Monday, April 27, 2009

What is Swine Influenza?

Those of you interested in knowing more about Swine flu can find more information here.

Sunday, April 26, 2009

In Lebanese politics, the more things change, the more they stay the same

Today, Lebanese politics are formally divided into two camps. One side represents the March 14 coalition of pro-Western and anti-Syrian politicians; the other the March 8 grouping of anti-American and broadly pro-Eastern politicians - neutrality is only an option if one is willing to renege political influence.

The disagreements between the feuding camps were echoed by March 14 coalition leader Samir Geagea proclaiming that the upcoming parliamentary elections would determine "which Lebanon we want." While a Hezballah politician attacked those seeking to convince the population that Syria and not Israel represented the biggest threat to Lebanon's future and sovereignty.

The U.S. for its part has thrown its lot behind the 'moderates' - a euphemism for the March 14 camp - against the 'extremists (meant to represent Hezballah and their supporters.) The Secretary of State pledged that "the United States will never make any deal with Syria that sells out Lebanon and the Lebanese people."

Egypt has admonished Hezballah for allegedly attempting to carry out terrorist activities in its territory.

Syria has banned Lebanese newspaper Al-Diyar for criticizing Michel Aoun (Damascus's ex-foe-turned-ally)

Iran for its part accused Israel - and indirectly the U.S. - of orchestrating a smear campaign against Hezbollah leaders designed to subvert the upcoming parliamentary elections in Lebanon.

All this begs the question; will Lebanon ever be anything more than an arena for regional and international geopolitical competition by more powerful states? At this point it certainly looks like the more things change, the more they stay the same.

(photo from

Saturday, April 25, 2009

Snacks for thought - April 25, 2009

  1. Is now the right time for peace between Israel and the Arabs? Kishore Mahbubani thinks so -
  2. So apparently enduring all that nagging by my parents was for nothing!! -
  3. A debate on the strategic role of the sole superpower army at the beginning of the 21st century -
  4. What does an emboldened IMF mean for international finance? -

Thursday, April 23, 2009

U.S. Consul at Yeditepe University

Two days ago, I attended a talk at Yeditepe University by U.S. Consul in Istanbul Ms. Sharon Weiner. Ms. Weiner spoke about the U.S.'s Middle East policy in general and U.S.-Turkish relations in brief. Although I thought her speech was a tad bland and basic, the general points are worth reiterating here.

Ms. Weiner started by explaining that a change in 'tone, approach and priorities' would differentiate President Obama's foreign policy from that of George W. Bush's.

She said a shift in tone was clear in Obama's messages to the world calling for dialogue and mutual exchanges between nations as opposed to demands and ultimatums. Changes in approach were noticeable by purview of: Obama's first foreign interview going to Iraq based (but American supported and funded) Al-Arabiya station; his outspoken support for U.S. telecom companies bidding in Cuba; and his recent public handshakes with the anti-Bush Nicaraguan and Venezuelan Presidents Daniel Ortega and Hugo Chavez at the Americas Summit. Ms. Weiner also explained that the U.S. foreign policy agenda was being revamped by incorporating new priorities, such as the environment and Somalian piracy, and re-ordering familiar ones, such as Iraq and Af-Pak.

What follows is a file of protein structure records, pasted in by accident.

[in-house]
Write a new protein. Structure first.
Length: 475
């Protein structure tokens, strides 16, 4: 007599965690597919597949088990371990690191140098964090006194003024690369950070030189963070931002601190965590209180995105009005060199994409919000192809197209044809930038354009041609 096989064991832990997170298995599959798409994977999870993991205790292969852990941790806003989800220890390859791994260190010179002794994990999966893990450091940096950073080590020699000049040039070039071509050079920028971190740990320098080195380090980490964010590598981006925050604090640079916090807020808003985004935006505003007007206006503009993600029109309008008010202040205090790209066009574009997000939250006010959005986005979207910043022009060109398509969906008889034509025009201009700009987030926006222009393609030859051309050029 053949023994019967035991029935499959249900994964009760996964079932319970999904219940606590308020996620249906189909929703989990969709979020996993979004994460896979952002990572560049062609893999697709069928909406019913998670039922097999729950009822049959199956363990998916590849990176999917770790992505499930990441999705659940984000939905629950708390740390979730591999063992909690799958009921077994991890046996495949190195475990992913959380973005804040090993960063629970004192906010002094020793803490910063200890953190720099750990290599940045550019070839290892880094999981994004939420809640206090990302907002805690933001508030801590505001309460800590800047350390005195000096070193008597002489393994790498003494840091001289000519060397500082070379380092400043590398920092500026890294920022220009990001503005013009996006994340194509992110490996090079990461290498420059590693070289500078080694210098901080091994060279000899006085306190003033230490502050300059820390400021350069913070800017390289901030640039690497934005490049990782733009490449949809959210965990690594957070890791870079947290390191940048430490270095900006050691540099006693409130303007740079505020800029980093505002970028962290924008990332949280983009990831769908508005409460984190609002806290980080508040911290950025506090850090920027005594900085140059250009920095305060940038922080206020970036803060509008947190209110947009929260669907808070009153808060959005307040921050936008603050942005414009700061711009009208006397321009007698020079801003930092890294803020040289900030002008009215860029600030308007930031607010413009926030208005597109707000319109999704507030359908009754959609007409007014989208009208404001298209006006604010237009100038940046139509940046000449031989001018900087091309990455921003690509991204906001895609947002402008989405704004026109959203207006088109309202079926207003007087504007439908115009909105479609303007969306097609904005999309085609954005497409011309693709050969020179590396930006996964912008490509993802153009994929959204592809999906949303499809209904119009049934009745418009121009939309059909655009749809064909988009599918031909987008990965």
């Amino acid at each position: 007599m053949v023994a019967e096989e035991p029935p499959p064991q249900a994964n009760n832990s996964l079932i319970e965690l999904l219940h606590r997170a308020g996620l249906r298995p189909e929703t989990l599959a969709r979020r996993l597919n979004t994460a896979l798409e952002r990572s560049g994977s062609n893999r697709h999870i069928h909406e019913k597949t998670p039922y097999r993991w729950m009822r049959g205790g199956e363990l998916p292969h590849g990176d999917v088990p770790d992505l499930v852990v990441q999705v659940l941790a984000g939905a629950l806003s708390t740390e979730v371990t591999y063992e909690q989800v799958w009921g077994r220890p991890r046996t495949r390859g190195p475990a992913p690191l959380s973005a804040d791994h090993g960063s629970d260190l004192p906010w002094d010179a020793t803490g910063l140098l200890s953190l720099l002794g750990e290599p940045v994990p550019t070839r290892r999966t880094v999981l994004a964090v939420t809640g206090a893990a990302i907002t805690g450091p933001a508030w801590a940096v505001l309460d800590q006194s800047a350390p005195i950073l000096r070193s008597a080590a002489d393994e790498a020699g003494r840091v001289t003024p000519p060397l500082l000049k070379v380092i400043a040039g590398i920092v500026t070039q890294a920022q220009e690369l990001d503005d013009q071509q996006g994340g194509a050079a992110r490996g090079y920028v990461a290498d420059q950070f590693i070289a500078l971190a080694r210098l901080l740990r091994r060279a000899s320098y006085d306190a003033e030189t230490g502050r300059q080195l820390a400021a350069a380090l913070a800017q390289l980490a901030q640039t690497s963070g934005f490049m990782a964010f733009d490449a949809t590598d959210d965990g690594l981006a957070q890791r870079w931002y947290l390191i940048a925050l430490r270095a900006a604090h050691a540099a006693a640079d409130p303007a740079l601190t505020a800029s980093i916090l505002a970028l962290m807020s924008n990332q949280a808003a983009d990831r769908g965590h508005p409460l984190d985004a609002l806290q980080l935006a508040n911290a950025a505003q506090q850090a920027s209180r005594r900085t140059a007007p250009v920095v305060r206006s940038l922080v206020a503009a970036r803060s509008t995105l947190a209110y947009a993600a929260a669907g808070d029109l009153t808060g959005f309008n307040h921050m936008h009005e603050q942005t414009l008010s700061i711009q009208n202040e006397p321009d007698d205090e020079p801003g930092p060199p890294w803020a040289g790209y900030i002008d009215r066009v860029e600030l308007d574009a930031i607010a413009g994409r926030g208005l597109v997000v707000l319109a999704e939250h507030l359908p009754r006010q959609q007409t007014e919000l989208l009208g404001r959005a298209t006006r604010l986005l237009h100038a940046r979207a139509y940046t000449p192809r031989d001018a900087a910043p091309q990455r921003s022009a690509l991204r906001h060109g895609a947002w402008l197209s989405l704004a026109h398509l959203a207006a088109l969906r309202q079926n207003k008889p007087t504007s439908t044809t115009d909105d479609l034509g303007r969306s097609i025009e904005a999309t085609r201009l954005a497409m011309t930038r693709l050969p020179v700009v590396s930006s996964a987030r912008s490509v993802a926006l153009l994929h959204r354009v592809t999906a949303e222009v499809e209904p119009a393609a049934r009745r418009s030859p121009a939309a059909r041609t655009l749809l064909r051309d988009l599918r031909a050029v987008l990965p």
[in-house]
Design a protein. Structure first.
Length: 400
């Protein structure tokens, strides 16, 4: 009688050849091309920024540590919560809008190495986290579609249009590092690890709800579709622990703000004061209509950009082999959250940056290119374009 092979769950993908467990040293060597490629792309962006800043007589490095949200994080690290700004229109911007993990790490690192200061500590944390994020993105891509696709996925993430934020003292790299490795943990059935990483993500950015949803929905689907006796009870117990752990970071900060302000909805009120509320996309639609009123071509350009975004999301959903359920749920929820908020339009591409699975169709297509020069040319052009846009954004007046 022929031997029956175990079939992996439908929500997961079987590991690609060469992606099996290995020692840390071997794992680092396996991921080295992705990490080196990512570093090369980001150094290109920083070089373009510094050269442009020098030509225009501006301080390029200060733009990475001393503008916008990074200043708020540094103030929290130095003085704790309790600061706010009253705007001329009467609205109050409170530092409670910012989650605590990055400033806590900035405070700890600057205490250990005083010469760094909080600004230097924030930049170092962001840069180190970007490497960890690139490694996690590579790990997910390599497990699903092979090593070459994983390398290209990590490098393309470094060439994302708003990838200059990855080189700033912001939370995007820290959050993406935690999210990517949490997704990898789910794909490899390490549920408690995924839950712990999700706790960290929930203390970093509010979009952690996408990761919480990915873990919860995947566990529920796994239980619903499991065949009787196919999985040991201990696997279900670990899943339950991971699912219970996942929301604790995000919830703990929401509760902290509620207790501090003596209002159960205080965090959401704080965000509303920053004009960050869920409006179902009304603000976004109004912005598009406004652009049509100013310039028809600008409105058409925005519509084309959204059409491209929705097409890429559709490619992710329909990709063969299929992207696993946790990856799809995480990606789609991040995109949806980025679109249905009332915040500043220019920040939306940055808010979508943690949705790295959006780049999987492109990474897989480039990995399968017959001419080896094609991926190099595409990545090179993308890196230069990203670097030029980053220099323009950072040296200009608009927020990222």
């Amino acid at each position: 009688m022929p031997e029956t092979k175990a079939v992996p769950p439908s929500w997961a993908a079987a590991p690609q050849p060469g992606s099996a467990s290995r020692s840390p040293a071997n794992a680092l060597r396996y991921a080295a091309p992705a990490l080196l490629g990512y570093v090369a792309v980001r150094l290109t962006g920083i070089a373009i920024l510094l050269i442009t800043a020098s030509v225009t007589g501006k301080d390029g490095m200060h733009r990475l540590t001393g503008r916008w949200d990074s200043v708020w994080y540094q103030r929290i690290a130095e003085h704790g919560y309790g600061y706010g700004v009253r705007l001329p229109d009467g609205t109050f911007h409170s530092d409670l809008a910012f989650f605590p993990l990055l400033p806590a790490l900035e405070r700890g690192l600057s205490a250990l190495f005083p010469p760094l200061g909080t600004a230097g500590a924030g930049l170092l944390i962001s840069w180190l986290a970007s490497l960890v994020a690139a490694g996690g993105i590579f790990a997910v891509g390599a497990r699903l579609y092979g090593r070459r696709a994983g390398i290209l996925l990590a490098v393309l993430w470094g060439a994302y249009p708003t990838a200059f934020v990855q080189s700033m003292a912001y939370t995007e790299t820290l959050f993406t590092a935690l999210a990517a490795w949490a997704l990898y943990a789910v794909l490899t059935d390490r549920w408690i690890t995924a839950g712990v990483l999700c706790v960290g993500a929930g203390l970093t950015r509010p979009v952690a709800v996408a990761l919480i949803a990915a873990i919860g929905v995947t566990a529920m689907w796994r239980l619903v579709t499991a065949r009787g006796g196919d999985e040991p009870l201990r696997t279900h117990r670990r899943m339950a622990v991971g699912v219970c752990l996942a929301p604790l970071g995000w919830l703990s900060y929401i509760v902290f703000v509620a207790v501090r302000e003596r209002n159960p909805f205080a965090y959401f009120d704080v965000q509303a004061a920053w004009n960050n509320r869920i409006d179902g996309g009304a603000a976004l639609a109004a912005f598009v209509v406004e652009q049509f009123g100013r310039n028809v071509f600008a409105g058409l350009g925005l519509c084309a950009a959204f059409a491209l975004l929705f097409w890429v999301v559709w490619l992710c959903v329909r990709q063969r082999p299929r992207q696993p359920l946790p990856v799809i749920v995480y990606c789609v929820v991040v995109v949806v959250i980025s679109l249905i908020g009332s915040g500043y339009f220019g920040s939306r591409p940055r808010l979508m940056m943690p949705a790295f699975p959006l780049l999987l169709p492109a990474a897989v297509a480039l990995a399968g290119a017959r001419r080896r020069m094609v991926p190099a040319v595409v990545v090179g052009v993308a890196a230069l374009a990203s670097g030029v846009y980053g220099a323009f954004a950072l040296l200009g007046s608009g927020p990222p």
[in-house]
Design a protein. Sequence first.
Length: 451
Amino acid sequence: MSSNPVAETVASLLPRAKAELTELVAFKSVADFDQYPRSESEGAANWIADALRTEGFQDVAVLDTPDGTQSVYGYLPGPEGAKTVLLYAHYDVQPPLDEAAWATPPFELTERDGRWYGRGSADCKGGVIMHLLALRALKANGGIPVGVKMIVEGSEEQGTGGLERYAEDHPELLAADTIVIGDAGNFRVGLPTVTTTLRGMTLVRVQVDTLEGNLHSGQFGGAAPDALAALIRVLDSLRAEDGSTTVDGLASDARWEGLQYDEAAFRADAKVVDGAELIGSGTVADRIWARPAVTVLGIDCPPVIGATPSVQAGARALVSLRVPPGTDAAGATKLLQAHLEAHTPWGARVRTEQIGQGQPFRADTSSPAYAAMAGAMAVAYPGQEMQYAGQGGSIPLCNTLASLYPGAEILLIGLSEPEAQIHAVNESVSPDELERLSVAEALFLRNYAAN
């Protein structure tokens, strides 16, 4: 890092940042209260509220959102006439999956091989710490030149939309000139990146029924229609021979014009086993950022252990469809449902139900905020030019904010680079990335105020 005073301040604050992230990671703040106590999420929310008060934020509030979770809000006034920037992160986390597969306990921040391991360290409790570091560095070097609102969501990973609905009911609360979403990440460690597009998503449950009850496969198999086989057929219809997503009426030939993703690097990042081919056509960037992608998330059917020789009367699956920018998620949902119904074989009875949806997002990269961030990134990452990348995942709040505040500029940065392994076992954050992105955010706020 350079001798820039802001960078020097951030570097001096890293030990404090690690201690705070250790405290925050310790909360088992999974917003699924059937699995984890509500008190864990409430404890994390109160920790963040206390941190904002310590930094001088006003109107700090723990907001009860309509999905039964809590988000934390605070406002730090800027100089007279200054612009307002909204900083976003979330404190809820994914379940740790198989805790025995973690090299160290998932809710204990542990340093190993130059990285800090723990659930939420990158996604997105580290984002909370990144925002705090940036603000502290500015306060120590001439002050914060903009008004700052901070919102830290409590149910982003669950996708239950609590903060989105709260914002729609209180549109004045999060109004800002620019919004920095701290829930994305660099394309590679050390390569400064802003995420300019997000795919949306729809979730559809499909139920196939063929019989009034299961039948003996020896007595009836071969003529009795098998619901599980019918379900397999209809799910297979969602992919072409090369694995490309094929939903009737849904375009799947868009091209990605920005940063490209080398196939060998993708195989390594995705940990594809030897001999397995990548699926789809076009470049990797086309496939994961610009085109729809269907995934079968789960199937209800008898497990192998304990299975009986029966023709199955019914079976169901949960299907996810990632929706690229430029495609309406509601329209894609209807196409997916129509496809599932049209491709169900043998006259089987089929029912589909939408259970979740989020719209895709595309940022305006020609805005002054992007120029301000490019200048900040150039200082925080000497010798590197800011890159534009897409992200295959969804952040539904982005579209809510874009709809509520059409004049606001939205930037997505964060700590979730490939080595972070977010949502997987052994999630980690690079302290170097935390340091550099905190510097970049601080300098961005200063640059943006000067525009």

She also reminded us of the massive expectations on the shoulders of President Obama and cautioned us to be patient in our demand for 'change' - basically saying 'yes we can but you'll have to wait a bit.'

Ms. Weiner finished by talking about the prospects for Turkish-U.S. relations in the first half of the 21st century. She invoked the shared interests of both countries with respect to Iraq, Iran, Israel, Terrorim and nuclear proliferation and explained that due to the Middle East's central role for U.S. and Turkish interests, Ankara and Washington can expect heightened strategic consultation and collaboration on the region's most pressing issues.

(photo from official website of the U.S. Consulate General in Istanbul )

Monday, April 20, 2009

Snacks for thought - April 20, 2009

'Snacks for thought' is a weekly round-up of thought-provoking articles, commentaries and opinions:
  1. Are Somalia's pirates the Robin Hoods of Africa? -
  2. Obamaphiles and 'the audacity of hope-no-more' -
  3. Connecting Taiwan's current political crisis to the global economy -
  4. Globalization's showdown with itself. Read this thoughtful piece by Joseph S. Nye's -
  5. Saudi Arabia repeals all laws discriminating to this popular virtual video game at least -

Saturday, April 18, 2009

Who is the real AKP?

I had an enthralling conversation with some Turkish friends last night. The theme of the conversation was a favourite among Istanbulites - domestic politics.

Standing on the high-rise terrace of a posh nightclub overlooking a glittering Bosphorus, we spoke late into the night. A drink here, a drink there and before we knew it we were determined to answer the burning questions afflicting modern Turkish politics. Hearing us, you might have mistaken us for bourgeois intellectuals debating the ills and perils of 19th century Europe.

Yet our historical focus was not on the past, but on the present and the future. Specifically, on the ruling Justice & Development Party (AKP) and its legitimacy (or lack thereof in the opinion of my friends.) We bounced ideas and arguments back and forth regarding the AKP's Islamic leanings, its ability to govern and the supposed 'American role' behind its rise to power nearly 8 years ago.

As interesting and rewarding as the conversation was for me - as any conversation of the sort should be - I was left with more questions than answers; chief among them, who is the real AKP and what kind of a Turkey does it ultimately strive for?

Is the AKP good for the country at the onset of the 21st century? Or, does it risk undermining what many see as Turkey's 'rise' in the era of modern globalization? Is its self-professed 'soft Islam' to be welcomed as a democratic and peaceful reflection of the country's organic identity and geographic position in the world (an identity that AKP supporters claim has been artificially suppressed by the guardians of Kemalist secularism for over 50 years)? Or, is the AKP seeking authoritarian control of the palace by pulling a Hitler and using legal electoral mechanisms to conduct a 'takeover from within' and implement its own idea of an Islamic state a la Khoumeini?